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Search Tags: Budget
The White House's fiscal 2015 budget proposal released Tuesday aims to boost funding for federal-employee training, which has been hard hit by across-the-board sequestration cuts in recent years. The budget also proposes a 1 percent pay increase for federal employees and leaves untouched federal retirement programs.
President Barack Obama released top-line numbers for his proposed 2015 budget today. What's in it for your agency?
Despite the billions spent investing in systems, financial processes are such that when you add up all the layers, it takes something akin to archaeology for a citizen to unearth a specific fact about where and how money was spent, says Federal News Radio host Tom Temin.
Former U.S. Comptroller General David Walker and Connecticut State Representative Diana Urban join Federal News Radio for a free online chat to discuss what needs to be done to fix the failing federal budget process. View an archive of the recent chat.
The state of Connecticut relies on a results-based accountability model to develop its budget. Rep. Diana Urban says the system offers a structure that allows lawmakers to create a shared vision and get rid of programs that are not achieving that vision. Rep. Urban's column is part of Federal News Radio's special report, Now or Never: Ideas to Save the Failing Budget Process.
Twenty states currently use biennial budgeting, with great results, says Congressman Reid Ribble. Rep. Ribble's column is part of Federal News Radio's special report, Now or Never: Ideas to Save the Failing Budget Process.
In addition to restoring reasonable Presidential reorganization authority, it's time to implement a statutory Government Transformation Board to make periodic findings and recommendations to Congress, says David Walker, former comptroller general of the U.S. Mr. Walker's column is part of Federal News Radio's special report, Now or Never: Ideas to Save the Failing Budget Process.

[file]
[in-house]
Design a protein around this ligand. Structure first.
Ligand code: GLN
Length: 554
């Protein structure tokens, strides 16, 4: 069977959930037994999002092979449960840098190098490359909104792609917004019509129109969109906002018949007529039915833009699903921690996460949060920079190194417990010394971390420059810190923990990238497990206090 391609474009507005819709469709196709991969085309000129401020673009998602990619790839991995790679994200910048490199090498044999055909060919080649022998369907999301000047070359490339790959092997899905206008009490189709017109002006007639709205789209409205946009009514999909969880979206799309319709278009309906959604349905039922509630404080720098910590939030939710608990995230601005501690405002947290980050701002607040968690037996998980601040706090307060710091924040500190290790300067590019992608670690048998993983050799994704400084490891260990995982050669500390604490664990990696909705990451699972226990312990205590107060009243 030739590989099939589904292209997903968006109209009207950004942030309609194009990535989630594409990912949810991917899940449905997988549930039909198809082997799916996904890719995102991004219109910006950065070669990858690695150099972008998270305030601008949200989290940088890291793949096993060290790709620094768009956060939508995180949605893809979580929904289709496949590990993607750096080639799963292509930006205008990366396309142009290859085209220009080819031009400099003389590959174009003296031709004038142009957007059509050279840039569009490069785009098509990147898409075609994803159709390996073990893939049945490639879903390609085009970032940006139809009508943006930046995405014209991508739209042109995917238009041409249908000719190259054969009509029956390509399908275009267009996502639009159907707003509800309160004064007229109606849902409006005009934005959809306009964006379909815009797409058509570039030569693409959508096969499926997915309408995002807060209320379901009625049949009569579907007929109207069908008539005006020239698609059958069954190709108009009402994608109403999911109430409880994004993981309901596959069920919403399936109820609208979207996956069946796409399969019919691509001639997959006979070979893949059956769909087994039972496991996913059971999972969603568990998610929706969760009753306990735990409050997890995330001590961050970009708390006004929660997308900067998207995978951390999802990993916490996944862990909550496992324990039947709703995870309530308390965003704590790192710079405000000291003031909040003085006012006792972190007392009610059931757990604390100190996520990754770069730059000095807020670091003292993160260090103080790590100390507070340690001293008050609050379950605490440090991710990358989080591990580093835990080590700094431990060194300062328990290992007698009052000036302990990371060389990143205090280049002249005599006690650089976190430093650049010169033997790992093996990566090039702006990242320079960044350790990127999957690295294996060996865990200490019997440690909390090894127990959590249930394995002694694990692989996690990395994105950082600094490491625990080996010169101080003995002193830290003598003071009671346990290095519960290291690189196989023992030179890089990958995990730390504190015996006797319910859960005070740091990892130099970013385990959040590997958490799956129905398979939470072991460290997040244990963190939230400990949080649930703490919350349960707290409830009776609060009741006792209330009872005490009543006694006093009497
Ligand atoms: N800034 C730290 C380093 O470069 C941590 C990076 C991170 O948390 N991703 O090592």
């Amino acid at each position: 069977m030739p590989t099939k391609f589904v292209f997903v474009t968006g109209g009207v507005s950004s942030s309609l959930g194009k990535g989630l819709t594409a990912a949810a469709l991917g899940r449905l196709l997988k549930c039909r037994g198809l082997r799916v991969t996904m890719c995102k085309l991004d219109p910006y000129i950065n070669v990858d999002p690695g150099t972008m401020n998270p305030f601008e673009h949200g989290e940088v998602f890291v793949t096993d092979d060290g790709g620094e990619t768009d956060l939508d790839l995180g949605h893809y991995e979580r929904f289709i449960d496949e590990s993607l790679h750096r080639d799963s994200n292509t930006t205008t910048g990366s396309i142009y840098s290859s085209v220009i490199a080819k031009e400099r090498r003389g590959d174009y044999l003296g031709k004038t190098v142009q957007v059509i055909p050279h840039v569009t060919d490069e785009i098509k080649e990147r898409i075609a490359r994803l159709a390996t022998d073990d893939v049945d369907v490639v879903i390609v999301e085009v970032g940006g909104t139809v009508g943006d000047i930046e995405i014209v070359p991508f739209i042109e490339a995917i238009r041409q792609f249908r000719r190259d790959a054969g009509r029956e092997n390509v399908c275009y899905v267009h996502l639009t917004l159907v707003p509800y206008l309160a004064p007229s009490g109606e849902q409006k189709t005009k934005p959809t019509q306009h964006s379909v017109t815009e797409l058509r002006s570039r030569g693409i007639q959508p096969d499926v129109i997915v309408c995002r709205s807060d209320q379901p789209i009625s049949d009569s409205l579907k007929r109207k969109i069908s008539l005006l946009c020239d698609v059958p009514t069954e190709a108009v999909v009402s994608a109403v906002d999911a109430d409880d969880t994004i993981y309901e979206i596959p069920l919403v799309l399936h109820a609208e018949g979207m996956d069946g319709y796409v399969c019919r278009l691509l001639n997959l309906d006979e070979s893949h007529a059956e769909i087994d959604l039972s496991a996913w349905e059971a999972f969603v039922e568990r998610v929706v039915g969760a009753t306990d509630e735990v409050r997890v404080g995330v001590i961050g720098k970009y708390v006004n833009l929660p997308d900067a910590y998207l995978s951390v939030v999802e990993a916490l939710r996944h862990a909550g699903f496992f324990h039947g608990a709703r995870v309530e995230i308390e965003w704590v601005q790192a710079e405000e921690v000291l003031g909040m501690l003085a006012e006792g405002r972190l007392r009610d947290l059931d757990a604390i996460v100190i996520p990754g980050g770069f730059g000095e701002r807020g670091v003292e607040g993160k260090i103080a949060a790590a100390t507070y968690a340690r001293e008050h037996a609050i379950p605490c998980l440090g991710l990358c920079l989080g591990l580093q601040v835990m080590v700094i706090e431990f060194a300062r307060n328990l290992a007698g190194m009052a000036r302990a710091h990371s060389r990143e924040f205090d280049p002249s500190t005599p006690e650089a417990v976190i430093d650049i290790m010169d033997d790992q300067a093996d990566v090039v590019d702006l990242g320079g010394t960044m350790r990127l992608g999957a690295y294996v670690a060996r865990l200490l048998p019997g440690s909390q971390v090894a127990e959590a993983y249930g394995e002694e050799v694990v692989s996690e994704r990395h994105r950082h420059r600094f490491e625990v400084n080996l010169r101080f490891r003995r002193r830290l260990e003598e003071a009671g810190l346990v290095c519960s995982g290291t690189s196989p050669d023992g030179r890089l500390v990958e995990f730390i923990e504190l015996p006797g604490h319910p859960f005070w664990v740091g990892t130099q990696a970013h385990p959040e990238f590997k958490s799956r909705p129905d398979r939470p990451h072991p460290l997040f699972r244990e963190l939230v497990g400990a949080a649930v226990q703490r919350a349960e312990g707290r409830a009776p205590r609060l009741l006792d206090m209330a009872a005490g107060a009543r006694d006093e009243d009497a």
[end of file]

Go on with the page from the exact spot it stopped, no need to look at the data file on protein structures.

The challenge is not to fine tune the obviously dysfunctional budget process. The challenge is to rethink the budget process and the presentation of the budget so that it is more likely to produce a durable consensus among a significant number of Democrats and Republicans and promote better public understanding of the fiscal choices the nation faces, says David Wessel of the Brookings Institution. Mr. Wessel's column is part of Federal News Radio's special report, Now or Never: Ideas to Save the Failing Budget Process.
Under the current annual budget cycle, the difficult struggle to pass appropriations bills consumes too much valuable time and effort, says Robert Bixby, executive director of The Concord Coalition. Mr. Bixby's column is part of Federal News Radio's special report, Now or Never: Ideas to Save the Failing Budget Process.
Adopting biennial appropriations and committing to stable funding for capital investments would go a long way towards fixing a broken budget process that is inherently political, says Bryan Clark of the Center for Strategic and Budgetary Assessments. Mr. Clark's column is part of Federal News Radio's special report, Now or Never: Ideas to Save the Failing Budget Process.